Contribution Limit  $13,500; catch-up limit of $3,000  25% of an employee’s salary or up to $57,000, whichever is less
Good For  Any size business Businesses with less than 100 employees

The Bottom Line

If you own a small business and want to help both yourself and your employees save for retirement, you may have to consider the question of SIMPLE IRA vs. SEP-IRA. Both plans help with retirement savings, but there are some key differences. These mostly pertain to how the accounts are funded. Each type of IRA also has different limits for how much money one person can deposit into their account in a given year.

Retirement Tips

  • If all of this seems like a lot to you, don’t sweat it. A financial advisor can help you understand retirement and all of its moving parts. SmartAsset’s free tool connects you with financial advisors in your area in five minutes. If you’re ready to be matched with local advisors, get started now.
  • If you want to set up and plan your retirement goals, SmartAsset’s retirement calculator can help you figure out how much you will need to save to retire comfortably.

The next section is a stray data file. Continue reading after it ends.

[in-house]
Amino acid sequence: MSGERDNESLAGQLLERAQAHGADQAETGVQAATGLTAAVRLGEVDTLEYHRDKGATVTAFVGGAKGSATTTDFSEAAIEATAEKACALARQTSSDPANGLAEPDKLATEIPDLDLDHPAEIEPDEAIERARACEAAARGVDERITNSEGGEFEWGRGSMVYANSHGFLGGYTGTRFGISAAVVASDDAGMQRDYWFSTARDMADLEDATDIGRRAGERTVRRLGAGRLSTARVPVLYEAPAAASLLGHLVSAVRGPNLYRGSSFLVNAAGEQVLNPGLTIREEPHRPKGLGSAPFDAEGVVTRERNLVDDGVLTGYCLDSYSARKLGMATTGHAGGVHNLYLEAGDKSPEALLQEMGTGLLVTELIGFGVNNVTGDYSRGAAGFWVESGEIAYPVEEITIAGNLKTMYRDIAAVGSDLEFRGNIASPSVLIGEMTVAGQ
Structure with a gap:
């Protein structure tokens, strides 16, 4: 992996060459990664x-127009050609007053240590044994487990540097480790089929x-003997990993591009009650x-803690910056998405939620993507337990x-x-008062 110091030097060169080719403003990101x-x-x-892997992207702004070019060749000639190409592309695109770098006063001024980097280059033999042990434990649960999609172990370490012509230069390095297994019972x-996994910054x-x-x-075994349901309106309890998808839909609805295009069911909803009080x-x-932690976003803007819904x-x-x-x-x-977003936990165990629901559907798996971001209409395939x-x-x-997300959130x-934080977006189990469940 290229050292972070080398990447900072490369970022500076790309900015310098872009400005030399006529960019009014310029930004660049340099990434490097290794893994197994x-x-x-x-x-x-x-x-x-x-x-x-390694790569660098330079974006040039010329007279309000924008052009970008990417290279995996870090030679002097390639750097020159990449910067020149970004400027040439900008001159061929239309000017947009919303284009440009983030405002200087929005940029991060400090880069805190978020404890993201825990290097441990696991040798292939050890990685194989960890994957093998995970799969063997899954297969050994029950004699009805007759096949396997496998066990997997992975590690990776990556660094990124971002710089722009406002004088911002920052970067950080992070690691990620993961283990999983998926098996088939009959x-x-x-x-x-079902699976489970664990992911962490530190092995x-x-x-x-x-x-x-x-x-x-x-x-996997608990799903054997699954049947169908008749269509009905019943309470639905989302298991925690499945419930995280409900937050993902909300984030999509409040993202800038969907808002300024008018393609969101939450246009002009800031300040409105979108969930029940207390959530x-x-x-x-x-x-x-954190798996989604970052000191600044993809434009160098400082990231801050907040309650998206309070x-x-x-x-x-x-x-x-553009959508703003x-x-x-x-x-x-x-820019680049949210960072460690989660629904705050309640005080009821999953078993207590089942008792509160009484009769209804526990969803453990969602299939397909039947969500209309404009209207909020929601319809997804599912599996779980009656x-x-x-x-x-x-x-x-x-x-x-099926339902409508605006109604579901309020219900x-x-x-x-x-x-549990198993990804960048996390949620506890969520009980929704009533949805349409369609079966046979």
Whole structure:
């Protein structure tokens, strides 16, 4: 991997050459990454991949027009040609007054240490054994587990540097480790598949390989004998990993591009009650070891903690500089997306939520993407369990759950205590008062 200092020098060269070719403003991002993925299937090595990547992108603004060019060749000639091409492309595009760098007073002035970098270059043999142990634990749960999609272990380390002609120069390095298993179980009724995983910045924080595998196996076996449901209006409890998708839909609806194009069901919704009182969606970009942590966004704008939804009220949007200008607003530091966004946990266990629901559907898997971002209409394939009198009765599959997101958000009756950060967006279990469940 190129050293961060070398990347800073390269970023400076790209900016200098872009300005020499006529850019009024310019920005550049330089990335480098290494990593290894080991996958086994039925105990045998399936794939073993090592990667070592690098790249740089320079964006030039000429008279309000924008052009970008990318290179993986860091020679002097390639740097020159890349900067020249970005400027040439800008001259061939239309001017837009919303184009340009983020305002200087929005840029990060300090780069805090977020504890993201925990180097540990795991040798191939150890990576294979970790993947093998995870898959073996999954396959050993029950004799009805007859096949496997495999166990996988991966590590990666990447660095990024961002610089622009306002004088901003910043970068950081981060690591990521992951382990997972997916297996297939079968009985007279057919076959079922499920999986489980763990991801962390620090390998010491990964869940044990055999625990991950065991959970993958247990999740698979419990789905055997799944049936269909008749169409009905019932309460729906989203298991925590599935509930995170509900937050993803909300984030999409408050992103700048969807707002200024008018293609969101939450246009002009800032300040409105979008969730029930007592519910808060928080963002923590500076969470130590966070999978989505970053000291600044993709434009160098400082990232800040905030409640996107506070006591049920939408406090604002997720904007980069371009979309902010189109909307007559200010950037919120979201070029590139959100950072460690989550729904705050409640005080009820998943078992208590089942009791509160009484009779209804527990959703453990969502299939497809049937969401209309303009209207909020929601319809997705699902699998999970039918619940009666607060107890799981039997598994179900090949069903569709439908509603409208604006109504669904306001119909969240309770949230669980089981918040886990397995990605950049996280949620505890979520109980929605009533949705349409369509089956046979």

• It’s important to have some sort of a plan for dealing with emergencies in retirement. You never know when an emergency could derail your retirement, whether it’s a medical incident or a child moving back home.

Photo Credit: © iStock/cnythzl, © iStock/shapecharge, © iStock/PeopleImages

Ben Geier, CEPF® Ben Geier is an experienced financial writer currently serving as a retirement and investing expert at SmartAsset. His work has appeared on Fortune, and CNNMoney. Ben is a graduate of Northwestern University and a part-time student at the City University of New York Graduate Center. He is a member of the Society for Advancing Business Editing and Writing and a Certified Educator in Personal Finance (CEPF®). When he isn’t helping people understand their finances, Ben likes watching hockey, listening to music and experimenting in the kitchen. Originally from Alexandria, VA, he now lives in Brooklyn with his wife.